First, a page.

Jan 02, 2022

How to get ahead of machine identity threats

Technology
Security
cyber
Threats
Kevin Bocek, VP security strat...
4 min
Kevin Bocek, VP security strategy and threat intelligence at Venafi speaks about mitigating cyberattacks and securing your organisation

With threats across the board rising rapidly security teams are having to fight more fires than ever before, breaches have increased by 11% since 2018, and 67% since 2014. Cybercrime is also predicted to costs the global economy $10.5 trillion USD annually. So, it’s no wonder that infosec teams often struggle to get ahead of threats and end up focused purely on just putting out imminent fires.

To make the problem even more complex our global reliance on software is growing rapidly. Many businesses are now undertaking digital transformation initiatives to prioritise speed. Each one of these digital connections is a machine, which often collect data, share information with other machines, and make autonomous decisions based on the situation they find themselves. And every one of these machine connections requires a machine identity to secure its communications – whether they are systems, applications, APIs or cloud native. On average each organisation now has twice as many machine identities as they did just 24 months ago. Yet, infosec teams have not applied the same digital transformation strategies as the rest of their businesses, to the management of these machine identities.

 

Hackers know where the weak spots are

Cybercriminals have become savvy to the gaps in many organisations machine identity strategies. As a result, we have seen a string of attacks taking advantage of poor machine identity management and protection. In the past year alone, we have seen a range of attacks leveraging machine identities. The malware dubbed Hildegard utilised SSH machine identities attack Kubernetes clusters and launch a crypto miner, the attack on SolarWinds bypassed code signing machine identities to deploy malicious code, while the attack on MonPass’s web server used TLS/SSL machine identities to evade detection.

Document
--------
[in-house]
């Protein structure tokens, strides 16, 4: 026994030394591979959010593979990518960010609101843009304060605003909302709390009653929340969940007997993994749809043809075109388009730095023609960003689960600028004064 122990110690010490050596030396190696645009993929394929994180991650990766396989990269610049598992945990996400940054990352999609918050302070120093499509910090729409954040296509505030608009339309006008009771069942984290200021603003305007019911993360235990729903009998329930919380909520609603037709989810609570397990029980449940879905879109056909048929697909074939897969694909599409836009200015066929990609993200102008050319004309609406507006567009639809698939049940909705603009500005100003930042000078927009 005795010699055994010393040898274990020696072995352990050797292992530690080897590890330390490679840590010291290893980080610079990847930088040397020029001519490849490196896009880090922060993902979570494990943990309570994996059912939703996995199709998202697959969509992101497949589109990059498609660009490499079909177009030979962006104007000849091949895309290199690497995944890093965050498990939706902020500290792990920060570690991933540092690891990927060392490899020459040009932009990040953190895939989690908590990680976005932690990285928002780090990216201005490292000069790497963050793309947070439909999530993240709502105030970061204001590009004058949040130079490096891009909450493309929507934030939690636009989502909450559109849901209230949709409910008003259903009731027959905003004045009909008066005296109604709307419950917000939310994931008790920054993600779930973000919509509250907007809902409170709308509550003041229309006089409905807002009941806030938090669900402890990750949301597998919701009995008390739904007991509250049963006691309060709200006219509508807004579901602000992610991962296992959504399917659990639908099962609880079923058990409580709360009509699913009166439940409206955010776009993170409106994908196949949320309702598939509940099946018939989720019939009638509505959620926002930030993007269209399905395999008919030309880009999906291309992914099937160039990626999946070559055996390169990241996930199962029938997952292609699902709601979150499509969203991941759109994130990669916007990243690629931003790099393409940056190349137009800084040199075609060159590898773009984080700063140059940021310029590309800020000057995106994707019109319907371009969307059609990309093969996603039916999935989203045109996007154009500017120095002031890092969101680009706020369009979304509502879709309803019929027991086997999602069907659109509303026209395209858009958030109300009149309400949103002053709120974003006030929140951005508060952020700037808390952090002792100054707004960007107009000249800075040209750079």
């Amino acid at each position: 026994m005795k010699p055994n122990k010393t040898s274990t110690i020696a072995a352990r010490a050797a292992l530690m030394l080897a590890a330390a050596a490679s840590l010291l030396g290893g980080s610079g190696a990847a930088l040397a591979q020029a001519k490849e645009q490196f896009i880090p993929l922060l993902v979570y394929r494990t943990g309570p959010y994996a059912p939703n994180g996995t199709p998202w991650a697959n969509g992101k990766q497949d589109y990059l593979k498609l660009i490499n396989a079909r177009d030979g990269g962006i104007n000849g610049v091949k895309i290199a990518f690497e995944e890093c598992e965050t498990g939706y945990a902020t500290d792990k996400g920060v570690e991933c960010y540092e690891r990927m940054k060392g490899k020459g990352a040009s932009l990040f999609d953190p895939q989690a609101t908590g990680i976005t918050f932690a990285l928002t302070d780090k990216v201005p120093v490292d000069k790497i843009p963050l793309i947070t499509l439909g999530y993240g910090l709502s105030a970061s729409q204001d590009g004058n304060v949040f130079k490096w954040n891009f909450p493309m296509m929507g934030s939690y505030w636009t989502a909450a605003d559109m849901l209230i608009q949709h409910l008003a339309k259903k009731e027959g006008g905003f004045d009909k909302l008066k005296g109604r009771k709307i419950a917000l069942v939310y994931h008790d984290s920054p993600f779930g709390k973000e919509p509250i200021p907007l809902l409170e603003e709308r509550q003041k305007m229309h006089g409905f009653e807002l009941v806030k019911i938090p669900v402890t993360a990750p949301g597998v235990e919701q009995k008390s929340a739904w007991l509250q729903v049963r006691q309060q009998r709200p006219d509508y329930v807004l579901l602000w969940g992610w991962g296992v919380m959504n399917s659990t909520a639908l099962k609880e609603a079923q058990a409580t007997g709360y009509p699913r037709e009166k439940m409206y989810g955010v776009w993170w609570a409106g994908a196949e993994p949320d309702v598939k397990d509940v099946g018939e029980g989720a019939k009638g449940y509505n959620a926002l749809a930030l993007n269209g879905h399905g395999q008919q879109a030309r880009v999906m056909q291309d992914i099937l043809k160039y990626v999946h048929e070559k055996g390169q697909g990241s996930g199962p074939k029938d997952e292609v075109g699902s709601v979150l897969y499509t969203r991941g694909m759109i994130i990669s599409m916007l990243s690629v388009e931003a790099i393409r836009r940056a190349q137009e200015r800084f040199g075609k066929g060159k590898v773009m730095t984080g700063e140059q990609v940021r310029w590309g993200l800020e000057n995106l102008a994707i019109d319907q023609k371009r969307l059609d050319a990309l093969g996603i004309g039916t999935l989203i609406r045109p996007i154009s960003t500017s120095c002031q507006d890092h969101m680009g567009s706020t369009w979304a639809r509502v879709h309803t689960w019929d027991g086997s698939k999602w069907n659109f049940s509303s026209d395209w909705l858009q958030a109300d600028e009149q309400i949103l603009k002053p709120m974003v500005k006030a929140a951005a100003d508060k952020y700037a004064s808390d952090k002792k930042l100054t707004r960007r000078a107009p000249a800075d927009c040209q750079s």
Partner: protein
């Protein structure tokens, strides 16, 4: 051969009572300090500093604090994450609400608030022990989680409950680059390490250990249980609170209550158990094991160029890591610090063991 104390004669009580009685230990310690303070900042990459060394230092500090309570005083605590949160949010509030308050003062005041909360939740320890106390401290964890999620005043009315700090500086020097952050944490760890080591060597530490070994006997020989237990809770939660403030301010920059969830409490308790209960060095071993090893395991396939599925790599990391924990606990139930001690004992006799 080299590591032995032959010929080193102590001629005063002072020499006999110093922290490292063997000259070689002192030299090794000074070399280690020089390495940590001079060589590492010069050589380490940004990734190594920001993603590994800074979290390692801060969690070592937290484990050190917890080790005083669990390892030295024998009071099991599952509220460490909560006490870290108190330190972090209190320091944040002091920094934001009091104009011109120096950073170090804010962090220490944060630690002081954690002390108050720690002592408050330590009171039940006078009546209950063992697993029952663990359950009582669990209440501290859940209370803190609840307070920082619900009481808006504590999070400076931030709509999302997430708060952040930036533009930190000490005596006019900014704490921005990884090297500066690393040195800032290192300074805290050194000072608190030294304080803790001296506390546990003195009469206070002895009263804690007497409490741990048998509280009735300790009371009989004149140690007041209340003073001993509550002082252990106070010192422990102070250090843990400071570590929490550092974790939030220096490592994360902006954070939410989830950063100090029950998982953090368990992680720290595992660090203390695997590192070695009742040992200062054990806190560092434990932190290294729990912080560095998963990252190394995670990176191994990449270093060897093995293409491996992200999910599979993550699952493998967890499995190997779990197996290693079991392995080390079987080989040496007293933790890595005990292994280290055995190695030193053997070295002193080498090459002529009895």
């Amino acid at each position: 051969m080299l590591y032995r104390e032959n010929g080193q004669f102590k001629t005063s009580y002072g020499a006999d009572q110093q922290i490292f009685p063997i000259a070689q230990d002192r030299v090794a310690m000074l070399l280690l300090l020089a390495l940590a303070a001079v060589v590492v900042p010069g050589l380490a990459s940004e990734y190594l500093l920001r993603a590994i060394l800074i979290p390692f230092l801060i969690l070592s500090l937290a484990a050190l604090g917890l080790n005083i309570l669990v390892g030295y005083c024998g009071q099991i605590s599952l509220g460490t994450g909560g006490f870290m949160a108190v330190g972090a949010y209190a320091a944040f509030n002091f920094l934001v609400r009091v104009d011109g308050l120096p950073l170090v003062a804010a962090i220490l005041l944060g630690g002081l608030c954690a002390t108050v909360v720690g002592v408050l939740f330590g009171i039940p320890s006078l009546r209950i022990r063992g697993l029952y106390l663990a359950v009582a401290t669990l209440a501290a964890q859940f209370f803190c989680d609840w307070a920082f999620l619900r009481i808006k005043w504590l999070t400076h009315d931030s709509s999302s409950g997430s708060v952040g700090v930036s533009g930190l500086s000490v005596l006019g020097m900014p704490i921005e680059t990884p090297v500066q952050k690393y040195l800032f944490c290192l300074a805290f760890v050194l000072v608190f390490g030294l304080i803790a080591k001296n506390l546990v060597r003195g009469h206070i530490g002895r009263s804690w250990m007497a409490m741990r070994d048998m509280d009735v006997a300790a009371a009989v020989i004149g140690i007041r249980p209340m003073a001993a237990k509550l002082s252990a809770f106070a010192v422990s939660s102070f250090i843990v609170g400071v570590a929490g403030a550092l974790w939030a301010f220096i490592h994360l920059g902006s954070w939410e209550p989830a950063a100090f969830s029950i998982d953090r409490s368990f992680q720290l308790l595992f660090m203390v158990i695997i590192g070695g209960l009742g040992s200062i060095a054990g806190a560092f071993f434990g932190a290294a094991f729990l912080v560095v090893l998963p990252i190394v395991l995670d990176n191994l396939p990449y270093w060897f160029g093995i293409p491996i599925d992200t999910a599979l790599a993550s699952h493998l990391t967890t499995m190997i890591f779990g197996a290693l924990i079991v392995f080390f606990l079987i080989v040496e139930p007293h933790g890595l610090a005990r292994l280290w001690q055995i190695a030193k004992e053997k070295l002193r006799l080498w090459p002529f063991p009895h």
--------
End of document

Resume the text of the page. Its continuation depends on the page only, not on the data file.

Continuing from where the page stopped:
Malicious actors often use machine identities to make them appear legitimate and circumvent security controls. Stolen machine identities can give a hacker privileged access to critical systems, so they can move laterally through the network and stay hidden for extended periods of time. These attacks are also becoming more sophisticated as techniques trickle down from nation state groups to the everyday cybercrime gang. Further, most (79%) of enterprises have had an identify-related breach within just two years, and only 35% of enterprise IT teams and security leaders are confident they have prevent data breaches relating to machine identities.

 

How can your organisation fight back?

Organisations must act now to mitigate the risks of machine identity attacks. Otherwise, weak machine identities will continue to let hackers wreak havoc. Enterprises need to improve their practices across three keys areas: visibility, intelligence and automation.

Visibility: To ensure all policies are enforced efficiently there must be a complete inventory of machine identities. This is so security teams can be confident they have the visibility into their network and processes in place to respond quickly to security threats.

Intelligence: Having comprehensive and actionable intelligence across the entire machine identity lifecycle that includes certificate enrolment, installation, renewal, and revocation will help enterprises protect and secure authorised, encrypted communications between machines. This level of machine identity intelligence will enable much of the cost associated with managing the certificates in the machine landscape to be avoided.

Automation: By automating machine identity management, it reduces the pressure on the security team, as well as errors and mistakes that can result from oversights, such as forgetting to perform activities. Automation lets the security team orchestrate a set of rapid actions that can be focused on a single machine identity or an entire group of identities at machine speed. It also minimises the overhead of manually switching certificate authorities (CAs) and replacing vulnerable machine identities.

By combining these three elements it enables organisations secure the entire machine identity lifecycle. This includes enforcing strong certificate security policies, streamlining and expediting remediation, validating that machine identities are properly installed and working correctly, and continuously monitoring the strength and security of certificates. Machine identity management should also be made more visible and easier for everyone across the enterprise to understand. Security is not one person or team’s job, but everyone’s job.

 

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